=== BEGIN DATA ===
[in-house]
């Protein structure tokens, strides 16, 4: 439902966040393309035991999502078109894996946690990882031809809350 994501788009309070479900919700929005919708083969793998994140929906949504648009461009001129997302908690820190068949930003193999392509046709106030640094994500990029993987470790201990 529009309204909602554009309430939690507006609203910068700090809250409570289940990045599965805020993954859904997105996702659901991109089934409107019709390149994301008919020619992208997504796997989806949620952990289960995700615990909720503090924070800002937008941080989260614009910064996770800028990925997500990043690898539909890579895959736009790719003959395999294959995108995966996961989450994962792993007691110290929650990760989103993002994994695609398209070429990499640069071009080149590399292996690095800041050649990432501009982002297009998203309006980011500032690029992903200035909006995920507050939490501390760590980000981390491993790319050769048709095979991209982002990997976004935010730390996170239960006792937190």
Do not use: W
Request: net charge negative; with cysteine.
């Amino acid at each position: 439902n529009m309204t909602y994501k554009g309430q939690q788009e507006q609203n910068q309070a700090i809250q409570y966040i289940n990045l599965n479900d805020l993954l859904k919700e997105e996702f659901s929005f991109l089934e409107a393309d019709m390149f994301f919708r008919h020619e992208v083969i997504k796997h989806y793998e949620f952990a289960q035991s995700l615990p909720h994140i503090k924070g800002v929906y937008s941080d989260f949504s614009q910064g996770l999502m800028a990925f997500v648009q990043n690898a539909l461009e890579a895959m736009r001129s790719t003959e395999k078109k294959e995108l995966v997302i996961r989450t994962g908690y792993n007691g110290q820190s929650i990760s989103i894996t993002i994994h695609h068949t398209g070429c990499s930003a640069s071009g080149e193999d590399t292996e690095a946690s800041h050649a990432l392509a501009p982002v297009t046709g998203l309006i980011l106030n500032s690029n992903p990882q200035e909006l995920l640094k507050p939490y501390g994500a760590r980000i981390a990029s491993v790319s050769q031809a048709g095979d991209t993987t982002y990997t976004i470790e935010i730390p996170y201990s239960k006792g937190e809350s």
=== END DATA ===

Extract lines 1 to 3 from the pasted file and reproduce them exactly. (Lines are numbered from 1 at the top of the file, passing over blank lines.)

[in-house]
């Protein structure tokens, strides 16, 4: 439902966040393309035991999502078109894996946690990882031809809350 994501788009309070479900919700929005919708083969793998994140929906949504648009461009001129997302908690820190068949930003193999392509046709106030640094994500990029993987470790201990 529009309204909602554009309430939690507006609203910068700090809250409570289940990045599965805020993954859904997105996702659901991109089934409107019709390149994301008919020619992208997504796997989806949620952990289960995700615990909720503090924070800002937008941080989260614009910064996770800028990925997500990043690898539909890579895959736009790719003959395999294959995108995966996961989450994962792993007691110290929650990760989103993002994994695609398209070429990499640069071009080149590399292996690095800041050649990432501009982002297009998203309006980011500032690029992903200035909006995920507050939490501390760590980000981390491993790319050769048709095979991209982002990997976004935010730390996170239960006792937190």
Do not use: W